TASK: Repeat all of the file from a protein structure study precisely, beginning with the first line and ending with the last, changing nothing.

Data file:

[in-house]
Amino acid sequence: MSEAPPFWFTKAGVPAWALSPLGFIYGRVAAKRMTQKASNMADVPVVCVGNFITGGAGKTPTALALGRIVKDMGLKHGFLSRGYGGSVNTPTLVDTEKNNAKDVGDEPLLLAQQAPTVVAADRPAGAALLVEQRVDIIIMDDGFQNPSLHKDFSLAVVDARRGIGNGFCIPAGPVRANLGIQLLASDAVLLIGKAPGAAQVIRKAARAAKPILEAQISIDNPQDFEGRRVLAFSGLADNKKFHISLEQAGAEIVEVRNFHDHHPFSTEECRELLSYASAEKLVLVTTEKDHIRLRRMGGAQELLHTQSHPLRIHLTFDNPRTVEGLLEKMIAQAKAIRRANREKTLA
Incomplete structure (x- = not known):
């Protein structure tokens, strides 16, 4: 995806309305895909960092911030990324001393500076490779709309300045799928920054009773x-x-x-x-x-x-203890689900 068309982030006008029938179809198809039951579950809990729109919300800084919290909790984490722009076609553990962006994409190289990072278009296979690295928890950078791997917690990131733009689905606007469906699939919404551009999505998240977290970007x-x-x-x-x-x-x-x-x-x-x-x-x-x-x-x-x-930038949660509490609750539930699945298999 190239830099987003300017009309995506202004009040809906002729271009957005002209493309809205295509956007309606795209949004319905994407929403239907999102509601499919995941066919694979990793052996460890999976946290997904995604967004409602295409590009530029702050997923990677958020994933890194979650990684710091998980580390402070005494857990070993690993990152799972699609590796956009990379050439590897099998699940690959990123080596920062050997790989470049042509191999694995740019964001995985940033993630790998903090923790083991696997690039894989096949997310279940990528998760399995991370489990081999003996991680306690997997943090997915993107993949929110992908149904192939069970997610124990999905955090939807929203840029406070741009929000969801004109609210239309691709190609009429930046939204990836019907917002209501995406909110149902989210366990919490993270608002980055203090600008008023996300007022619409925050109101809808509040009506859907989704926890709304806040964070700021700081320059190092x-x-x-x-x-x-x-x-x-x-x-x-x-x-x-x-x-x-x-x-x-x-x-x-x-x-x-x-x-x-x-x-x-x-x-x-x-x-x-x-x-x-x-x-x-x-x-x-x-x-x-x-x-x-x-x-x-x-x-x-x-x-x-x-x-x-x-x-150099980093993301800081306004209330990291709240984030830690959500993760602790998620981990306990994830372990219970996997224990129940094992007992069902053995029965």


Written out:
[in-house]
Amino acid sequence: MSEAPPFWFTKAGVPAWALSPLGFIYGRVAAKRMTQKASNMADVPVVCVGNFITGGAGKTPTALALGRIVKDMGLKHGFLSRGYGGSVNTPTLVDTEKNNAKDVGDEPLLLAQQAPTVVAADRPAGAALLVEQRVDIIIMDDGFQNPSLHKDFSLAVVDARRGIGNGFCIPAGPVRANLGIQLLASDAVLLIGKAPGAAQVIRKAARAAKPILEAQISIDNPQDFEGRRVLAFSGLADNKKFHISLEQAGAEIVEVRNFHDHHPFSTEECRELLSYASAEKLVLVTTEKDHIRLRRMGGAQELLHTQSHPLRIHLTFDNPRTVEGLLEKMIAQAKAIRRANREKTLA
Incomplete structure (x- = not known):
């Protein structure tokens, strides 16, 4: 995806309305895909960092911030990324001393500076490779709309300045799928920054009773x-x-x-x-x-x-203890689900 068309982030006008029938179809198809039951579950809990729109919300800084919290909790984490722009076609553990962006994409190289990072278009296979690295928890950078791997917690990131733009689905606007469906699939919404551009999505998240977290970007x-x-x-x-x-x-x-x-x-x-x-x-x-x-x-x-x-930038949660509490609750539930699945298999 190239830099987003300017009309995506202004009040809906002729271009957005002209493309809205295509956007309606795209949004319905994407929403239907999102509601499919995941066919694979990793052996460890999976946290997904995604967004409602295409590009530029702050997923990677958020994933890194979650990684710091998980580390402070005494857990070993690993990152799972699609590796956009990379050439590897099998699940690959990123080596920062050997790989470049042509191999694995740019964001995985940033993630790998903090923790083991696997690039894989096949997310279940990528998760399995991370489990081999003996991680306690997997943090997915993107993949929110992908149904192939069970997610124990999905955090939807929203840029406070741009929000969801004109609210239309691709190609009429930046939204990836019907917002209501995406909110149902989210366990919490993270608002980055203090600008008023996300007022619409925050109101809808509040009506859907989704926890709304806040964070700021700081320059190092x-x-x-x-x-x-x-x-x-x-x-x-x-x-x-x-x-x-x-x-x-x-x-x-x-x-x-x-x-x-x-x-x-x-x-x-x-x-x-x-x-x-x-x-x-x-x-x-x-x-x-x-x-x-x-x-x-x-x-x-x-x-x-x-x-x-x-x-150099980093993301800081306004209330990291709240984030830690959500993760602790998620981990306990994830372990219970996997224990129940094992007992069902053995029965």